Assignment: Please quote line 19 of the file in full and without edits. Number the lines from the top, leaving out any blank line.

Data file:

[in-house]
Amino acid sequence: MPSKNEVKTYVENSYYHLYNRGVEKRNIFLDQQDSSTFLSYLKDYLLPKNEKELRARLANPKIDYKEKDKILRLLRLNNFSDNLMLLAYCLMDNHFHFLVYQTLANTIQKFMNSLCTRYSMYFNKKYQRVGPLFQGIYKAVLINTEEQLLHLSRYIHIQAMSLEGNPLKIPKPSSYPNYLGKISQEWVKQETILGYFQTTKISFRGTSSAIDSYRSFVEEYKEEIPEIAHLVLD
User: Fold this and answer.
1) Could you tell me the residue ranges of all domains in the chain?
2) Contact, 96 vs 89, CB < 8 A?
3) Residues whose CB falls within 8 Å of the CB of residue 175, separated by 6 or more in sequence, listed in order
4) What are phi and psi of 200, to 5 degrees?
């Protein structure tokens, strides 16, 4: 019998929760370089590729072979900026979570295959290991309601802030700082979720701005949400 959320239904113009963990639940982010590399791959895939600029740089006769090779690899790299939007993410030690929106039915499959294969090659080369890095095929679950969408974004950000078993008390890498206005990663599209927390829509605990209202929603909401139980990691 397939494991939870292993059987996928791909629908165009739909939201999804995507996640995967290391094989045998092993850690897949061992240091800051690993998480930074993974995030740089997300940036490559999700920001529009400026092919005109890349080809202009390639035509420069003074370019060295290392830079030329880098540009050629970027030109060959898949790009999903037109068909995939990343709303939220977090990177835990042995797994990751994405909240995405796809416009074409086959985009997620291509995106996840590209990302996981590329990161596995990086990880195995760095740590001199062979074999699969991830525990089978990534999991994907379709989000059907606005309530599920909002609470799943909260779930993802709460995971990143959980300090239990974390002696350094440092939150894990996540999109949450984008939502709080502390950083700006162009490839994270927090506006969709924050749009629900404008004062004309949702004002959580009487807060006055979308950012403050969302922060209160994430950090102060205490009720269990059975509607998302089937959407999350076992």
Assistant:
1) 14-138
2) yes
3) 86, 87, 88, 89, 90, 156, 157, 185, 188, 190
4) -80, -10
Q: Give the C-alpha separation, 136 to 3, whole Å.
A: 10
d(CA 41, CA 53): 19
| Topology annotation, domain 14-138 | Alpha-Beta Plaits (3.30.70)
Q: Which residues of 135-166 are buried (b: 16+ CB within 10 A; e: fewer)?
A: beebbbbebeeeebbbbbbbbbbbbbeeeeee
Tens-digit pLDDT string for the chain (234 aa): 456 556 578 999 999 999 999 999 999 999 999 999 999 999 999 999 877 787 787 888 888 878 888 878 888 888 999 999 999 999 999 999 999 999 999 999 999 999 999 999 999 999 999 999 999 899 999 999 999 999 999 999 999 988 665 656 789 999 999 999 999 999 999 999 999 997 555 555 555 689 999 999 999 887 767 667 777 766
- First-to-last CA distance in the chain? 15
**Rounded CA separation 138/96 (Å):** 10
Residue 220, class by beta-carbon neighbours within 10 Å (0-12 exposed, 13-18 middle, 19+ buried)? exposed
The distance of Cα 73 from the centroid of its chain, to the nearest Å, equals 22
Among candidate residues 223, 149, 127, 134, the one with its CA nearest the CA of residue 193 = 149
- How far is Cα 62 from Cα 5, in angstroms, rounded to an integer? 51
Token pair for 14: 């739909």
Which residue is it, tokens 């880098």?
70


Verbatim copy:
A: beebbbbebeeeebbbbbbbbbbbbbeeeeee